The Chicamacomico Life-Saving Station is the nation’s largest and most complete existing example of the life-saving stations that were built along the Atlantic coast in the late 19th century to attend to shipwrecks and to rescue survivors. The 1874 Station was the first operational Life-Saving station built in North Carolina, serving until 1954. Chicamacomico has been partially restored, thanks to numerous volunteers who formed a nonprofit organization to save it, and it is now a fine museum and historic site; all structures are original buildings.
On a visit here you’ll see the 1874 Station, the 1911 Station, two cookhouses, water tanks and cistern, a stable, a tractor shed, the smaller boathouse (now the Visitors Center) and a village home built in 1907. In the museum, you’ll learn about the U.S. Life-Saving Service and some of the rescues that occurred here. Artifacts, uniforms, rescue equipment, displays and video presentations abound, and self-guided tours help complete your knowledge of place and history. These stations have many stories to tell. Life-Saving crews at Chicamacomico performed many daring rescues, including one of the greatest rescues of WWI, that of the British tanker Mirlo in 1918. When the Mirlo was sunk by the German submarine U-117, Chicamacomico’s crew rescued 42 of 51 British sailors. The gift shop is full of unique nautical items and works by local craftspeople plus books and old-fashioned toys.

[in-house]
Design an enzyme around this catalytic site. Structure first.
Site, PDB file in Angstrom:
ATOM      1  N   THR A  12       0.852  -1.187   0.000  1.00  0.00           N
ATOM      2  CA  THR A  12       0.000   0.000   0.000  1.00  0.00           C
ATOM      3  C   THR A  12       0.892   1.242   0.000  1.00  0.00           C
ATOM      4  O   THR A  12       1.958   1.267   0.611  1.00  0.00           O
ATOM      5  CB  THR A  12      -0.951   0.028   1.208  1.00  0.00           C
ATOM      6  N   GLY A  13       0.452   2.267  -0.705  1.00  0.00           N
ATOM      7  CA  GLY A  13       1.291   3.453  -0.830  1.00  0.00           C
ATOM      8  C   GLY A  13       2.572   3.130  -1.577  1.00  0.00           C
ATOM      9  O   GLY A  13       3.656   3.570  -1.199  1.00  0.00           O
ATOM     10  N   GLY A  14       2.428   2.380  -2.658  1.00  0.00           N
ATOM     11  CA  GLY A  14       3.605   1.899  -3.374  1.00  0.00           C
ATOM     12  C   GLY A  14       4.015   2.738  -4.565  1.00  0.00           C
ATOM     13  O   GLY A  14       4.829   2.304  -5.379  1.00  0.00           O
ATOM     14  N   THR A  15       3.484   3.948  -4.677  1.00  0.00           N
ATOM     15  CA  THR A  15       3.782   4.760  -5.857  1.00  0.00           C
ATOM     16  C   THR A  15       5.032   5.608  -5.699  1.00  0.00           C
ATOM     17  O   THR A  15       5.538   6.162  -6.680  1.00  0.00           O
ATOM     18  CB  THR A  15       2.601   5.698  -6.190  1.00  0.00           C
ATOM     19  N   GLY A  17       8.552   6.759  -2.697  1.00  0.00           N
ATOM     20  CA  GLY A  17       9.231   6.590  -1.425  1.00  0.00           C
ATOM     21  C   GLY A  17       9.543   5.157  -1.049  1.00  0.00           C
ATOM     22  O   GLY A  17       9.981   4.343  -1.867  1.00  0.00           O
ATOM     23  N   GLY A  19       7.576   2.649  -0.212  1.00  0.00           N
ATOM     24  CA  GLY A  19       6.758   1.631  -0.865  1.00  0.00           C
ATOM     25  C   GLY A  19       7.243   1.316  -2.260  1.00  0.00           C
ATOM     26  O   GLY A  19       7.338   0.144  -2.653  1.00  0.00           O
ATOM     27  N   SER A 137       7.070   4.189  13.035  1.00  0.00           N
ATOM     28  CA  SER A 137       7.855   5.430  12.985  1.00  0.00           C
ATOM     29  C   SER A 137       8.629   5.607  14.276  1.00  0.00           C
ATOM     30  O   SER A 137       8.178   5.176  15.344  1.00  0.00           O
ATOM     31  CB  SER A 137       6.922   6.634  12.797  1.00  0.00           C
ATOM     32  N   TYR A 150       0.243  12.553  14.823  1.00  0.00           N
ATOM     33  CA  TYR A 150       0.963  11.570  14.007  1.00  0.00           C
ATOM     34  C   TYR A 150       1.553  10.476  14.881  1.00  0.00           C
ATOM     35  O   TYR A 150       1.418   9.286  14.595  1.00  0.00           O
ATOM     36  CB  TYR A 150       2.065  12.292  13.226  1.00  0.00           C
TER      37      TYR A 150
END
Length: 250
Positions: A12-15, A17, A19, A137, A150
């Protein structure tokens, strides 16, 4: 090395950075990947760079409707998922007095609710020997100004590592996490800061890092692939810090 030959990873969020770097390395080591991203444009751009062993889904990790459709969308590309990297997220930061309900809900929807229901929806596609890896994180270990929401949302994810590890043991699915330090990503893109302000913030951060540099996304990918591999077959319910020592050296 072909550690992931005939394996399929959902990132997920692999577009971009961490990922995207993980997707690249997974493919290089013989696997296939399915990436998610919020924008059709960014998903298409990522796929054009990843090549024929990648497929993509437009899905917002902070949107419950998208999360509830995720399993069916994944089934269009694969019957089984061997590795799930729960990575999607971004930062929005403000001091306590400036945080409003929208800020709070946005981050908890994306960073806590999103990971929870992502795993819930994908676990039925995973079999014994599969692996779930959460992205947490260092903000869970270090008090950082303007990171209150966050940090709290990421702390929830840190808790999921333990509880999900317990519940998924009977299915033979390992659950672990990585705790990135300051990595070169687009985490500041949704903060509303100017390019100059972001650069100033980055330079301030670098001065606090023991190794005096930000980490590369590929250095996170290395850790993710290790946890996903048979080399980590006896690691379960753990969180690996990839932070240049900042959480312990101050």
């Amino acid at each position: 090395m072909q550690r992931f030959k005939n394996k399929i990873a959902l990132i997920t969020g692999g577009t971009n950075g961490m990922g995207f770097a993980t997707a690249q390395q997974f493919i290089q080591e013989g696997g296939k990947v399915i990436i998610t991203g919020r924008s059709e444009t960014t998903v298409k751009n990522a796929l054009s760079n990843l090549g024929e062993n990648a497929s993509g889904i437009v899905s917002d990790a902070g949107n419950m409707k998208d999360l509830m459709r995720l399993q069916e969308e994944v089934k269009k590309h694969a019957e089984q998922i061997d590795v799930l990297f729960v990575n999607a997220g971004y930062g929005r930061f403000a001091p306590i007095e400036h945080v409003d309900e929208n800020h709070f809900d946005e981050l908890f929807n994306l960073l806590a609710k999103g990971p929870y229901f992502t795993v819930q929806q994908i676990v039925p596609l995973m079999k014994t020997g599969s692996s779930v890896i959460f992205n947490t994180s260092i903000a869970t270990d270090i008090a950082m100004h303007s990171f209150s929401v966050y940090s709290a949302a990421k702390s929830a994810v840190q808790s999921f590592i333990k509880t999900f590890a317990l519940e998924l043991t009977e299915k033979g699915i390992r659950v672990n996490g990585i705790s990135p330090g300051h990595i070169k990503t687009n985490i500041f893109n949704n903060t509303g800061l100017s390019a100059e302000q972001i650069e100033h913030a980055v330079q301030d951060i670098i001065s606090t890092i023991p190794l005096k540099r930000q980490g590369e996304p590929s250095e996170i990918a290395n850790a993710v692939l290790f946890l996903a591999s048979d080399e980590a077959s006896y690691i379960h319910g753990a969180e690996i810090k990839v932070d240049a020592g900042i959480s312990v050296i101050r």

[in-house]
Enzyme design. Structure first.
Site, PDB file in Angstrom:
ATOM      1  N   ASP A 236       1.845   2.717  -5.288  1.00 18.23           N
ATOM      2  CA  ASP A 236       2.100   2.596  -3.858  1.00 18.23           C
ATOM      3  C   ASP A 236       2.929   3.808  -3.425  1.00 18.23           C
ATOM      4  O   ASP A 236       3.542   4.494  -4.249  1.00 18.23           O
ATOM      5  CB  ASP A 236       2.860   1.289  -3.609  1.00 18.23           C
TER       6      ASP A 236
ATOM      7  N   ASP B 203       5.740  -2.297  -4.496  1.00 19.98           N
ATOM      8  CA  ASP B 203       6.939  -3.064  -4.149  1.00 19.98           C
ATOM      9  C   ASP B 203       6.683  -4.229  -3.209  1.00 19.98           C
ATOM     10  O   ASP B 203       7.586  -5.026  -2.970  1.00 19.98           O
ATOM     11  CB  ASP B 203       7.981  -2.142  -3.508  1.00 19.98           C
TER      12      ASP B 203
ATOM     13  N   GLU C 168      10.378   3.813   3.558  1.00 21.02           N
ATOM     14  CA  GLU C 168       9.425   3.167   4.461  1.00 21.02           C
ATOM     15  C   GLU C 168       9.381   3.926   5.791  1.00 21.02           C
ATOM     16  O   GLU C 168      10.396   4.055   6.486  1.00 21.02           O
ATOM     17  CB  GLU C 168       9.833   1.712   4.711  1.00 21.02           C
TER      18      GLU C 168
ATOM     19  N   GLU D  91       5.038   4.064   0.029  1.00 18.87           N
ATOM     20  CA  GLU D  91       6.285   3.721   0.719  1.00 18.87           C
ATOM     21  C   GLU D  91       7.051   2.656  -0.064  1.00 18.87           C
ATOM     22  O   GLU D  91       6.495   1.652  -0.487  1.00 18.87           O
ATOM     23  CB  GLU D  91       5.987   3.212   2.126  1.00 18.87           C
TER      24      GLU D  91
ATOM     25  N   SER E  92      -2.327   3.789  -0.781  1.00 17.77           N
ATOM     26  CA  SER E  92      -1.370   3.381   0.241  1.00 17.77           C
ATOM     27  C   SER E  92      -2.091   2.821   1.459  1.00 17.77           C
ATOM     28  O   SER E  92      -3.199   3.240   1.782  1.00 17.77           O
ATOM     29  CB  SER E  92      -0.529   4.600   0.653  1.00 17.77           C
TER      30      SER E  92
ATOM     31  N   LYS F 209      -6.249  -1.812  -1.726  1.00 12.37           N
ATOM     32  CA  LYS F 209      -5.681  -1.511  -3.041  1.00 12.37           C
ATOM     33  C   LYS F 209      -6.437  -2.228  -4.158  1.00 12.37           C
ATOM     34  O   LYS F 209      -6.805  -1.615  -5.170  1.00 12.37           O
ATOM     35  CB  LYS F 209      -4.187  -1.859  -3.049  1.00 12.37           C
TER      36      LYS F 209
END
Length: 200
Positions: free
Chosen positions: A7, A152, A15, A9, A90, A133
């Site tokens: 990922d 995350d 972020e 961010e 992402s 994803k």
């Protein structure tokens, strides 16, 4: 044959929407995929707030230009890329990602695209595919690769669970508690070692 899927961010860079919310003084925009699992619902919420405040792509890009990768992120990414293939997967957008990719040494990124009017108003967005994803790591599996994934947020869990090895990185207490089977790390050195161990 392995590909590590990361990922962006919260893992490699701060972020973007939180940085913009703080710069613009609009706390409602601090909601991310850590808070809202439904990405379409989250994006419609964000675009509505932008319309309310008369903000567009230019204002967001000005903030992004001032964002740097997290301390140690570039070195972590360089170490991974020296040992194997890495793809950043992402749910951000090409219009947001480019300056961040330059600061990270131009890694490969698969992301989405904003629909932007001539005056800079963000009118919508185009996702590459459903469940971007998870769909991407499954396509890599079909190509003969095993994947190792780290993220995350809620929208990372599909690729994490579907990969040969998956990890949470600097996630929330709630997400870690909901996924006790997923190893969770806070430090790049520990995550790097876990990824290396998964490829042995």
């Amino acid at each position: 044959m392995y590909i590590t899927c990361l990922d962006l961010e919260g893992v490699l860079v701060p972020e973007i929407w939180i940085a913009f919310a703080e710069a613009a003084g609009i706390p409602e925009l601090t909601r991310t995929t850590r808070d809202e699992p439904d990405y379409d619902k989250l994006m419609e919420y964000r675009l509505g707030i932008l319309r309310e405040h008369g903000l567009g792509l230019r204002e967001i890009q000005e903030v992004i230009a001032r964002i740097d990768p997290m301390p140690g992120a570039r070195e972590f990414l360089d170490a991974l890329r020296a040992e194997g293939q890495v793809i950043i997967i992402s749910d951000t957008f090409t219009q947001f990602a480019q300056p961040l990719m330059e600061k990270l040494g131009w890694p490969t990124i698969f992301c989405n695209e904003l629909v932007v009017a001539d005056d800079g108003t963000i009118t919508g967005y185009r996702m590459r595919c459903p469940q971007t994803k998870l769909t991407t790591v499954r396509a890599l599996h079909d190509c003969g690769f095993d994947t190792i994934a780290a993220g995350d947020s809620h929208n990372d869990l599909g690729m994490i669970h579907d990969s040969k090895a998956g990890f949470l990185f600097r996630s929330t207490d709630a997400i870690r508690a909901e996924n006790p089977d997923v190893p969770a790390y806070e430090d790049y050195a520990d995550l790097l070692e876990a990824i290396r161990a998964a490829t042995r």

Check their website for special program information, admission fees and hours of operation and to see what is happening on any given day. Chicamacomico is a 501 (c) (3) nonprofit raising all of its own funds; it has no federal, state or other budget.